Speed: Everybody says they fund quickly—but what are some objective measures? Is it not in the lender’s best interest to fund more slowly?
Access: Once the sale is made, who is my go-to person? How can I ensure that I will be a priority for that manager?
Technology:Ask to see technology. How user-friendly is it? Is it real time? Does it readily help me manage my working capital position?
Reputation:Ask for references. What is the incidence of fraud in the portfolio? How long do customers stay with them? Why do customers leave?
Capital: Who finances the organization? This is an unregulated industry so public disclosure is not required. Try to get a sense as to whether they are well capitalized and their staying power in the industry.
Can you afford not to factor?
Many companies get hung up on the cost of A/R financing. Yes, it is more costly than traditional bank financing, but the opportunity cost of turning down new business because it cannot be financed is much greater. Consider the following example:
A $5 million distributor of electronics accessories has been selling into a few medium-sized retailers for years and revenues have been stagnant. Gross profit margins have averaged about 20%. The company lands a choice PO for $5 million from one of the big-box retailers for a new product offering. Suppliers are willing to provide terms and there is enough capital to fund most of the first order. Problem is, it will starve the rest of the business and, given payment terms dictated by the big-box retailer of 60 days, stretch the company’s ability to continue production of any further orders.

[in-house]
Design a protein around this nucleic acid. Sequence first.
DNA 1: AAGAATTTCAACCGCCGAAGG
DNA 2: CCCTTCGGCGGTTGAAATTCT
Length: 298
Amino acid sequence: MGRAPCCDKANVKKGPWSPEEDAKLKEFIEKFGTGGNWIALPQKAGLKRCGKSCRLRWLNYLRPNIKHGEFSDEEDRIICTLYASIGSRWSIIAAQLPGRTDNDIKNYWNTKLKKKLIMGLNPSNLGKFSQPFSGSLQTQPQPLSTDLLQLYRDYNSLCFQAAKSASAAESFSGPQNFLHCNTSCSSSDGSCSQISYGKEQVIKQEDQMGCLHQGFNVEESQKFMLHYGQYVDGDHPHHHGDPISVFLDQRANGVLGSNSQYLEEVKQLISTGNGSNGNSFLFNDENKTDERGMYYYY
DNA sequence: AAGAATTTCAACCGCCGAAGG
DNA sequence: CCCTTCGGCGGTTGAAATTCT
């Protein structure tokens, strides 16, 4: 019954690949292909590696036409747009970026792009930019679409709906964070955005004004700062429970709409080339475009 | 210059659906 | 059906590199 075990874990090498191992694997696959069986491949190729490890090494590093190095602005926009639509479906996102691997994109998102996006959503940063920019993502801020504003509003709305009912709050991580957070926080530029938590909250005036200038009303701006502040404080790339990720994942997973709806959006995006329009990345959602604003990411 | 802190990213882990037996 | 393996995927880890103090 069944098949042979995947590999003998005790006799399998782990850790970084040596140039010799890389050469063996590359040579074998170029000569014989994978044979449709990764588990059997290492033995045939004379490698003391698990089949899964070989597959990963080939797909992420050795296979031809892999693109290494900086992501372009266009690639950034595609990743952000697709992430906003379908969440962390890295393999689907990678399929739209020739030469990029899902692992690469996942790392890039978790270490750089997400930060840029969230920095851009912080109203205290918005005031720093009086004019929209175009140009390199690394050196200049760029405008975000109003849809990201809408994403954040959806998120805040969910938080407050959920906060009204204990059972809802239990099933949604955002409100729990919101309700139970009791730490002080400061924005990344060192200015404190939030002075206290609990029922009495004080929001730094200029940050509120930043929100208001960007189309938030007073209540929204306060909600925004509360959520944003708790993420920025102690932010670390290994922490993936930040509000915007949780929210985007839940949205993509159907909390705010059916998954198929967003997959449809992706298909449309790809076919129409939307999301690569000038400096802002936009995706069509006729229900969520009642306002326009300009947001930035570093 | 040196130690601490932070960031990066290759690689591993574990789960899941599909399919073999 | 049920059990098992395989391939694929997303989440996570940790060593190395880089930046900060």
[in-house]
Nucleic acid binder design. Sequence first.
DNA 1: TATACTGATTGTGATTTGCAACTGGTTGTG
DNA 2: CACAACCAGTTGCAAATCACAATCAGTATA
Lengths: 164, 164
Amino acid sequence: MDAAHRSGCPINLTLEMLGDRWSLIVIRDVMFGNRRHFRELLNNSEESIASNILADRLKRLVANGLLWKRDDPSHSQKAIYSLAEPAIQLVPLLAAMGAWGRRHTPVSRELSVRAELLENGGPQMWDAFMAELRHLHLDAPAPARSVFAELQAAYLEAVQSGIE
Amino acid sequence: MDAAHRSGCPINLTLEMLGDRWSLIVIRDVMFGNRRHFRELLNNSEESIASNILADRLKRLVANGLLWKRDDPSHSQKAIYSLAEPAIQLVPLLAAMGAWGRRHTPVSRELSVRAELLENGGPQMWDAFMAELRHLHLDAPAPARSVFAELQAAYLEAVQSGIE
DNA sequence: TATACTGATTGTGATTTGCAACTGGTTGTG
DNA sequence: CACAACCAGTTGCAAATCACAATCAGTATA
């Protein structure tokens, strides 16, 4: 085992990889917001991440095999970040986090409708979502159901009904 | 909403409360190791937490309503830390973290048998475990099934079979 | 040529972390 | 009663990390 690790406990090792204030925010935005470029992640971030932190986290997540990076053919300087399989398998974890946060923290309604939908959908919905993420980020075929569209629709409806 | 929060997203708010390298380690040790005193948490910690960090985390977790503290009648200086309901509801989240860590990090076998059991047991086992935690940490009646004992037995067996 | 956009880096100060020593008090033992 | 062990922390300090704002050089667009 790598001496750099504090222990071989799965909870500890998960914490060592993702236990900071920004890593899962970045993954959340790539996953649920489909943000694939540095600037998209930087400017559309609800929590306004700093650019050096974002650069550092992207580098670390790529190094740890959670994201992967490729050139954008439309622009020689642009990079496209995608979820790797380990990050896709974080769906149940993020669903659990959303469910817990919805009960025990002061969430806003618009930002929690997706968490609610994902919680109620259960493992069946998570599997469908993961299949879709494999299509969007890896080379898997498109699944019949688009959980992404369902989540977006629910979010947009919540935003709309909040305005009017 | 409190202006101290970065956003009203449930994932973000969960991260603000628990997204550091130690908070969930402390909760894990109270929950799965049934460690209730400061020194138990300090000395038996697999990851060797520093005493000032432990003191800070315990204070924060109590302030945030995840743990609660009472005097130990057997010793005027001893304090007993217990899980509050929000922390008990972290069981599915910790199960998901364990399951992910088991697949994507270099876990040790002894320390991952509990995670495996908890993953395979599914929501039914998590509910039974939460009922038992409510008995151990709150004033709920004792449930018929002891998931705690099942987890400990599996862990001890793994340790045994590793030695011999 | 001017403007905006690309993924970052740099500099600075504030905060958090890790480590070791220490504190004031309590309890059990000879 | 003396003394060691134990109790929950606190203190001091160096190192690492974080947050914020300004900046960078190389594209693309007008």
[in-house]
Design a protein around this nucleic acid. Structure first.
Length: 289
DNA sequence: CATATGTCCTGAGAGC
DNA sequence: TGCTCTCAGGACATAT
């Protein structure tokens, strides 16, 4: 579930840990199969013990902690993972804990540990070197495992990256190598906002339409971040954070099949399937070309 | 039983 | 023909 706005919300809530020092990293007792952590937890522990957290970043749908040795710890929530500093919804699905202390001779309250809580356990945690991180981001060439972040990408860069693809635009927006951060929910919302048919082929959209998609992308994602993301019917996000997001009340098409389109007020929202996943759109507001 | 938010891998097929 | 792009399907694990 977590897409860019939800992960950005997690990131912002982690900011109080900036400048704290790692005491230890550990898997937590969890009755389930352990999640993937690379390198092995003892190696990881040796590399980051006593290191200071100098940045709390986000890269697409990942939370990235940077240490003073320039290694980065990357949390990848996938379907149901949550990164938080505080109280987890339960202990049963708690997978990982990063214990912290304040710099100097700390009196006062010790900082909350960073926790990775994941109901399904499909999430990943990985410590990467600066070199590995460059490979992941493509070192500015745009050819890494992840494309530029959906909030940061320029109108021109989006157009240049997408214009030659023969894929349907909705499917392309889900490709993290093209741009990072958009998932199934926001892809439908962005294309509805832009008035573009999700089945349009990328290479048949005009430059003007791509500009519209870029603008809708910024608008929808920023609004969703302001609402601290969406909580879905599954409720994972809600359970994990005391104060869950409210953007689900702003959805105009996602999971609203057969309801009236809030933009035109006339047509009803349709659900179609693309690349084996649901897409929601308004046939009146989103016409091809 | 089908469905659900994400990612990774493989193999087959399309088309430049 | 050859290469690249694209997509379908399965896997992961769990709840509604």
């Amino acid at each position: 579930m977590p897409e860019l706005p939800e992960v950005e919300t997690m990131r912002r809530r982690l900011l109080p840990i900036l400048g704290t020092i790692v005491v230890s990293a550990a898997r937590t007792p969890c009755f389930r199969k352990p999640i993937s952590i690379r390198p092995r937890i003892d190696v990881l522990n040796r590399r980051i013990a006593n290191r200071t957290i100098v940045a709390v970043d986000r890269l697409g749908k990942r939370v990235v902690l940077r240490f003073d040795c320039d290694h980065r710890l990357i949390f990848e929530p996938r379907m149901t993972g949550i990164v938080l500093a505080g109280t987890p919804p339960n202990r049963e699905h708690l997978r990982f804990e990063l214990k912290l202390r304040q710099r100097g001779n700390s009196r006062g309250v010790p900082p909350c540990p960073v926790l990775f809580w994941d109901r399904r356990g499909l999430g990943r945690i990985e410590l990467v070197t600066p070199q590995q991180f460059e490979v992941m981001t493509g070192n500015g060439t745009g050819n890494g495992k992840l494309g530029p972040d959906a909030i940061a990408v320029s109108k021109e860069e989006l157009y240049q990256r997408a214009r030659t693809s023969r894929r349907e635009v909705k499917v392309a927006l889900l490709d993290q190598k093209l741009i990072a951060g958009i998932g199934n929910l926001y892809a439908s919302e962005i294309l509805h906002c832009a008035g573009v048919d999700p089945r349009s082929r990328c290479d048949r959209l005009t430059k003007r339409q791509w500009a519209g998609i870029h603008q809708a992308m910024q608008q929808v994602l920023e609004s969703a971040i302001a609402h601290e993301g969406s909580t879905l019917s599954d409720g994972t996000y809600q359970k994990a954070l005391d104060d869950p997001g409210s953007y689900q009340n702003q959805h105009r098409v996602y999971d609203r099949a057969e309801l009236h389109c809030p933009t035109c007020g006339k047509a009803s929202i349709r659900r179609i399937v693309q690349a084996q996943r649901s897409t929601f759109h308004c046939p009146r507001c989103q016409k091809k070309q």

On the other hand, at 2% per 30 days factoring would take the company’s margins on the new business down to 16%. And with revenues of $10 million (instead of $5) and assuming no increase in fixed costs, gross profit increases to $1.6 million. As an added bonus, access to a new distribution channel portends even greater growth for the company.
An option worth considering
Given all the advantages of accounts receivable financing, it’s time to not only give it the respect it deserves, but to recognize this valuable short-term working capital solution for its many long-term benefits.
Mark Borkowski is president of Mercantile Mergers and Acquisitions Corp. Mercantile is a mid-market mergers & acquisitions brokerage. You can contact Mark or his staff at www.mercantilemergersacquisitions.com